Ex-judge faces felony charge for certifying daughter as single
An Iowa judge who was accused of insurance fraud and fired shortly after helping expose improper influence in Gov. Terry Branstad’s administration has been charged with a felony — two years later.
Former Administrative Law Judge Susan Ackerman surrendered Wednesday on the charge of making fraudulent submissions, which carries up to five years in prison. A complaint unsealed Thursday alleges Ackerman, 56, falsely certified that her married daughter was single so that she could receive state health insurance in 2013 and 2014. She was fired over the same allegation two years ago.
Ackerman has denied any criminal intent, noting that she asked a state human resources assistant for permission to add her daughter to the plan. Her supporters have argued that her firing and criminal investigation are retribution for her legislative testimony critical of the Republican governor and his aides. Ackerman’s union is appealing her termination, while she pursues a lawsuit claiming she suffered whistleblower retaliation.
Ackerman was booked at the Polk County Jail and released on bond after two hours in custody.
Another one of Ackerman’s daughters, Minneapolis attorney Jennifer Koockogey, said the state’s trying “to make an example” out of her mother to silence dissent.
“They are showing that, if you speak out against us, watch what happens,” said Koockogey, who isn’t involved in the allegations. “To call this anything but retaliation is incredibly naive. They’ve taken her livelihood and tried to destroy her reputation. Now, they’re trying to take her freedom. Has Iowa turned into a dictatorship?”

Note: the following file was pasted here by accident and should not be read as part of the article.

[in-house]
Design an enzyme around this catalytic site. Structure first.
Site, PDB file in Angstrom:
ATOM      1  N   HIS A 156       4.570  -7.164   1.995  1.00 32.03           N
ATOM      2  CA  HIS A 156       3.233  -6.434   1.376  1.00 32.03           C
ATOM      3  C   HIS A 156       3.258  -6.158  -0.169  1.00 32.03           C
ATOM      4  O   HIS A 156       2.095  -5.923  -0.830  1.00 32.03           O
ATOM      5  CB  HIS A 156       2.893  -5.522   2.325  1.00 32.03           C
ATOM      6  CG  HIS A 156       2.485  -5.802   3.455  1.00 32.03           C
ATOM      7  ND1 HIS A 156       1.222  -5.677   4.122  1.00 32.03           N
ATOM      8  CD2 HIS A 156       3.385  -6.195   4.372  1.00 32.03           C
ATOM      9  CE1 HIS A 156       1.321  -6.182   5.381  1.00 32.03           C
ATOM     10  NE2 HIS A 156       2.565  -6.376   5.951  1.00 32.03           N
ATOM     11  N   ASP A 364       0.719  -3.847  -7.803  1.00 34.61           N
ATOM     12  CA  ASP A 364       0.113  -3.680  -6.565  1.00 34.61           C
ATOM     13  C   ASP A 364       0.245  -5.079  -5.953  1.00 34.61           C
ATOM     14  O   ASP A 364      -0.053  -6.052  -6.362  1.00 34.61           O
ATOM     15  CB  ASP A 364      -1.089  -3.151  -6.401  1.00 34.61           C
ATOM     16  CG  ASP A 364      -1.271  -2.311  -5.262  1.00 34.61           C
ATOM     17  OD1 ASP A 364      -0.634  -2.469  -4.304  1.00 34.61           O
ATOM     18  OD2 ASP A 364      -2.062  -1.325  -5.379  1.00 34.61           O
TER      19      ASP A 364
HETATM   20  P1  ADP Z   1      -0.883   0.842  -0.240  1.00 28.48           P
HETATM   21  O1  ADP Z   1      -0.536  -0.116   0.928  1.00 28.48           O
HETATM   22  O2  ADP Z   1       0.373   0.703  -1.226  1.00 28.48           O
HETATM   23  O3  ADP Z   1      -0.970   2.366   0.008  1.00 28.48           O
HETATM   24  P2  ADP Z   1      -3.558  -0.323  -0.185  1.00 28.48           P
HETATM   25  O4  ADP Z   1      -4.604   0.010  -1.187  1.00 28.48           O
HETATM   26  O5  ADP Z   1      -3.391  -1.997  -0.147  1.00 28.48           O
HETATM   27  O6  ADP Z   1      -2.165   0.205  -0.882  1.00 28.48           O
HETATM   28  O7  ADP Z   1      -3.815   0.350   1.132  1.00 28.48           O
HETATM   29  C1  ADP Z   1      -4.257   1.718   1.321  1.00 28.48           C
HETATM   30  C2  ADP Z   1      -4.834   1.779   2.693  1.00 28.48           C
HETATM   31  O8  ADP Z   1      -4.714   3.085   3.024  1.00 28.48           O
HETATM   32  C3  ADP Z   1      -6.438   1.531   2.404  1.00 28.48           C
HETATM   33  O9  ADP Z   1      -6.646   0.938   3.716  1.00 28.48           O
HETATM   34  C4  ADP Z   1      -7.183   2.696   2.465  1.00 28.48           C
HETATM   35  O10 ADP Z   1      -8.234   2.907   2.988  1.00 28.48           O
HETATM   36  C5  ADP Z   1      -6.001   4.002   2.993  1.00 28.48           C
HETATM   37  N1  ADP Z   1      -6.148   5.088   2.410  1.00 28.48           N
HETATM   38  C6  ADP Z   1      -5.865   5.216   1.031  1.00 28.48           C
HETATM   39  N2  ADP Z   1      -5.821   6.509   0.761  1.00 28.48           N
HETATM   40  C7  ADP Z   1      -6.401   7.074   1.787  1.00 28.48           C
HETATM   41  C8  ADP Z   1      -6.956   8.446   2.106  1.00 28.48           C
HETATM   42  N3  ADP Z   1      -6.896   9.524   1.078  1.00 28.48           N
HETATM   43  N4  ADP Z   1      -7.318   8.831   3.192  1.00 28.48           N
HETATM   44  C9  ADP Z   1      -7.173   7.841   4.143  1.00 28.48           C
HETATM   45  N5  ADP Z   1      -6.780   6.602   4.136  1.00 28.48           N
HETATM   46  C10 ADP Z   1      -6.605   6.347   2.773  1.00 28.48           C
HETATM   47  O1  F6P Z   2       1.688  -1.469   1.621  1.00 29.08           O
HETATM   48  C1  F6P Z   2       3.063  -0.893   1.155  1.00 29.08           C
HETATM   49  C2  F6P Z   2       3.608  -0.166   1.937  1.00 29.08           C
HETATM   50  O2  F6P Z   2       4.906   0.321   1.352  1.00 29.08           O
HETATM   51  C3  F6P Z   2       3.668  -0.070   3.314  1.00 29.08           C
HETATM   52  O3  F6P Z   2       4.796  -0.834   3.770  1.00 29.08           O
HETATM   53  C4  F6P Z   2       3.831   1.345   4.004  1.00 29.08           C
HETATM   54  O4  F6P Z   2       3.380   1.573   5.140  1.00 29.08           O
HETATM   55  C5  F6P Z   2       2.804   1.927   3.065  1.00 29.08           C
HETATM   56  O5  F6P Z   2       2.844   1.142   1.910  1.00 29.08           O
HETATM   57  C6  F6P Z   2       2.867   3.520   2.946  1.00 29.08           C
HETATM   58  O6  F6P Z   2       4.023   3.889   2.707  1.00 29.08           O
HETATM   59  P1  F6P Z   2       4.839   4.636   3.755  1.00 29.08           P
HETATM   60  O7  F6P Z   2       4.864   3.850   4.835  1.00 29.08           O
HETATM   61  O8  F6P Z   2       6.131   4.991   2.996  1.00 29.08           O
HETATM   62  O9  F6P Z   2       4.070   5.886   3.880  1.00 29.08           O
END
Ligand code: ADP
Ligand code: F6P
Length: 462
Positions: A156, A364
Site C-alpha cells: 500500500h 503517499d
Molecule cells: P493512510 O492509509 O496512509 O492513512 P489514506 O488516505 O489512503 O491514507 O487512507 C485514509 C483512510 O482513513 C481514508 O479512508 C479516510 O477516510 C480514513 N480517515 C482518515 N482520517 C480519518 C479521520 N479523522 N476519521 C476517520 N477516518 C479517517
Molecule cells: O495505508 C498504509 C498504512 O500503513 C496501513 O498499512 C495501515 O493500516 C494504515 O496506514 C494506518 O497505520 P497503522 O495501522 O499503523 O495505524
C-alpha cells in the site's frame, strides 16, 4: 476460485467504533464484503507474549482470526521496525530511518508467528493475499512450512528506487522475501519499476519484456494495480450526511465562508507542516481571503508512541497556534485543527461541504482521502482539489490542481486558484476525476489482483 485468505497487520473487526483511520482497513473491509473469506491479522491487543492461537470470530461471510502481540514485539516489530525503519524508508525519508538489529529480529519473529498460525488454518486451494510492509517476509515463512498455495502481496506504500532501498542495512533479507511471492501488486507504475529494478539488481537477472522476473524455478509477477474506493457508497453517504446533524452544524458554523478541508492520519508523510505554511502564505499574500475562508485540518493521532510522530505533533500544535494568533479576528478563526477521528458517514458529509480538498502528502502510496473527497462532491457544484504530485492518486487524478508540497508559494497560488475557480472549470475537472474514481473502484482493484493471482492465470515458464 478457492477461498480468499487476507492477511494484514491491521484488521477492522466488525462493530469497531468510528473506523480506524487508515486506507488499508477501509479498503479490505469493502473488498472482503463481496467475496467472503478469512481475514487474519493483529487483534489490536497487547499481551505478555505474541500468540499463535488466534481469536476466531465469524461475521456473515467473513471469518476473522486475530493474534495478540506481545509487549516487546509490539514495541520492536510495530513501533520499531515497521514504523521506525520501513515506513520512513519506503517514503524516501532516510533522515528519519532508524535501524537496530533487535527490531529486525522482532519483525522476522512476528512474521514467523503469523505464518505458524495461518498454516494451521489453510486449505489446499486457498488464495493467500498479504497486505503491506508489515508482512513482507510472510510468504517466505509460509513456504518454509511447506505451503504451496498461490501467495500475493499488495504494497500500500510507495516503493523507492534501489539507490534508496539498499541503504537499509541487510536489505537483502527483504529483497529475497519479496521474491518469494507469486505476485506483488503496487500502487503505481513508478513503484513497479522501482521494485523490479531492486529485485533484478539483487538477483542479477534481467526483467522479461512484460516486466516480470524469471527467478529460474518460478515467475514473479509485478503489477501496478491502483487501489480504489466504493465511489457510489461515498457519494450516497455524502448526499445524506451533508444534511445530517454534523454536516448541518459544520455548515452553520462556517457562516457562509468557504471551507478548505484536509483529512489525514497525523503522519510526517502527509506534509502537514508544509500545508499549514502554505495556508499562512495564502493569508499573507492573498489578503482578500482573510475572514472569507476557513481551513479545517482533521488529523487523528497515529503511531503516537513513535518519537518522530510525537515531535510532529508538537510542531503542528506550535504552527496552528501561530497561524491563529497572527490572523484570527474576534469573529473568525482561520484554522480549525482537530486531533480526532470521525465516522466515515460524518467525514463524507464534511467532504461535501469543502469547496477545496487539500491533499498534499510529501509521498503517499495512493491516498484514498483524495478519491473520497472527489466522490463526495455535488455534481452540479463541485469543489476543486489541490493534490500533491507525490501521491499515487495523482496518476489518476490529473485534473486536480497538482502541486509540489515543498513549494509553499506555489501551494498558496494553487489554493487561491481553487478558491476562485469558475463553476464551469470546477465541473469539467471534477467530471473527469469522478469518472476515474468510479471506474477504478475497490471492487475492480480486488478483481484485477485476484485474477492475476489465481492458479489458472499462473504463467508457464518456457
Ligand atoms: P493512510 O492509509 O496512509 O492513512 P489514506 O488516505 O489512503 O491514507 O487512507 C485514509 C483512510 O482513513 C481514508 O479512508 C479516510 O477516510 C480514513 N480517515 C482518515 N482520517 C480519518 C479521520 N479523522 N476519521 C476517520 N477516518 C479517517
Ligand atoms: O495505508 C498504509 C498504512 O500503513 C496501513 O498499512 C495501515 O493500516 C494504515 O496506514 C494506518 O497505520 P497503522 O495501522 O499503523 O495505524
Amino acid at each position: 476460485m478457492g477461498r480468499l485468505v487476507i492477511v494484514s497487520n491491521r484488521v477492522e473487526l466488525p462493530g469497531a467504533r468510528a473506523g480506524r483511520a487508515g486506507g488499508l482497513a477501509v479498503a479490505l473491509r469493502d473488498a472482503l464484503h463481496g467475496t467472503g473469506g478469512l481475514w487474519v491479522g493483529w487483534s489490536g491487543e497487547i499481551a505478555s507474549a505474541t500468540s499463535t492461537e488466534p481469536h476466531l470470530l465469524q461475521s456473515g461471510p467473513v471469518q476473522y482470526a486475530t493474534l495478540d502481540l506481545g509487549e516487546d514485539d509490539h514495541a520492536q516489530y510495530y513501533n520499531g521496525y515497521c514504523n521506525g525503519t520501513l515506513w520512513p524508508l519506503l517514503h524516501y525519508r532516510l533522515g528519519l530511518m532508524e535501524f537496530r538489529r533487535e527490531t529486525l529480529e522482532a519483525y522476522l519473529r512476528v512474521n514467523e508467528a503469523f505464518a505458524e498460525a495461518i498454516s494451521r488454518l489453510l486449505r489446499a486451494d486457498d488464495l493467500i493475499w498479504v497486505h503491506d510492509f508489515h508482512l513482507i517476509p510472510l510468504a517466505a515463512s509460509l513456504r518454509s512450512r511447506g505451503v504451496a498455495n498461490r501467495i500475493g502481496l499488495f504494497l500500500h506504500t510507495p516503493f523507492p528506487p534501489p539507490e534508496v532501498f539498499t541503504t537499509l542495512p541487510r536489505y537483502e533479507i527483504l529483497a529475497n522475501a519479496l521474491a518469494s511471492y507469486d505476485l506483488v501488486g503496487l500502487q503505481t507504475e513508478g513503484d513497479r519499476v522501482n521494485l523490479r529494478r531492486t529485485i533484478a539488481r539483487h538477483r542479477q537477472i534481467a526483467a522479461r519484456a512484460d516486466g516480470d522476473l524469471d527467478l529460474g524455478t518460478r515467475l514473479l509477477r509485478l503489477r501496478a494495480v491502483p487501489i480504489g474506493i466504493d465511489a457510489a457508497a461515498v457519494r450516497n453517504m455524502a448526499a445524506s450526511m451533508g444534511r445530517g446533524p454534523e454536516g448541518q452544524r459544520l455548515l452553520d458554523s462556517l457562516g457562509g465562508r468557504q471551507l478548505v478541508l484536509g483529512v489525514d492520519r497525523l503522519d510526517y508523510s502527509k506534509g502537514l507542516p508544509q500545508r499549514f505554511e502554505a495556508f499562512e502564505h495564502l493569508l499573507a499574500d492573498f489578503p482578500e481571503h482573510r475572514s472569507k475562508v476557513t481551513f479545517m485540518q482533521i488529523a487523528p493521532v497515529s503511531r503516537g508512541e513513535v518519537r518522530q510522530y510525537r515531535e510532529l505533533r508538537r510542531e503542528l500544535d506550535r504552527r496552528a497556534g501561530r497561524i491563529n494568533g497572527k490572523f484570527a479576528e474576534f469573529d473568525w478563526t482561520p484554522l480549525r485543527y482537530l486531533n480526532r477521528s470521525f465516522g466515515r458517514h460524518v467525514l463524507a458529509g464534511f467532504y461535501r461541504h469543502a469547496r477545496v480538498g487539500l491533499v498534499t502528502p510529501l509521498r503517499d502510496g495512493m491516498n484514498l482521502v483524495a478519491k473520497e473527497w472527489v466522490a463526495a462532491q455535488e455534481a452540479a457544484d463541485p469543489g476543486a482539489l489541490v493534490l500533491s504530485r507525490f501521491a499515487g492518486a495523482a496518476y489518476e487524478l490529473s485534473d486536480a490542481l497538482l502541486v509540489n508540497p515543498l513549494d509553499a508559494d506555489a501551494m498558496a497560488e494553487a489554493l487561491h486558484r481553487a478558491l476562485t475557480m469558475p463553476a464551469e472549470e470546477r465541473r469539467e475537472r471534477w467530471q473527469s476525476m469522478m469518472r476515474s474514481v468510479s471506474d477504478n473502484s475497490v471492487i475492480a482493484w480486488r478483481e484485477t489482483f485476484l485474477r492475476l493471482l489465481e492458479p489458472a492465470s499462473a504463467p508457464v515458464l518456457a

Koockogey predicted her mother will be exonerated, but added that “she’s going to have to walk through hell to get there.”
Under subpoena from a legislative committee, Ackerman and other judges testified in August 2014 that Iowa Workforce Development director Teresa Wahlert, a Branstad appointee, had pressured them to rule in favor of employers over workers in unemployment benefits disputes and created a hostile work environment. Ackerman criticized Branstad for supporting Wahlert “no matter what” and failing to investigate widespread concerns among judges.
The U.S. Department of Labor later agreed that Wahlert created “perceived pressure” on judges and directed the state to isolate them from intimidation as legally required.
Weeks after her testimony, Workforce Development officials say they discovered Ackerman lied on insurance forms so that her then-27-year-old daughter, Catherine Holcombe, would qualify for coverage.
Division of Criminal Investigation agents initiated the fraud investigation at Workforce Development’s request. The decision to charge Ackerman was made by the office of Polk County Attorney John Sarcone, a Democrat who said he was unaware that Ackerman had spoken out against Branstad.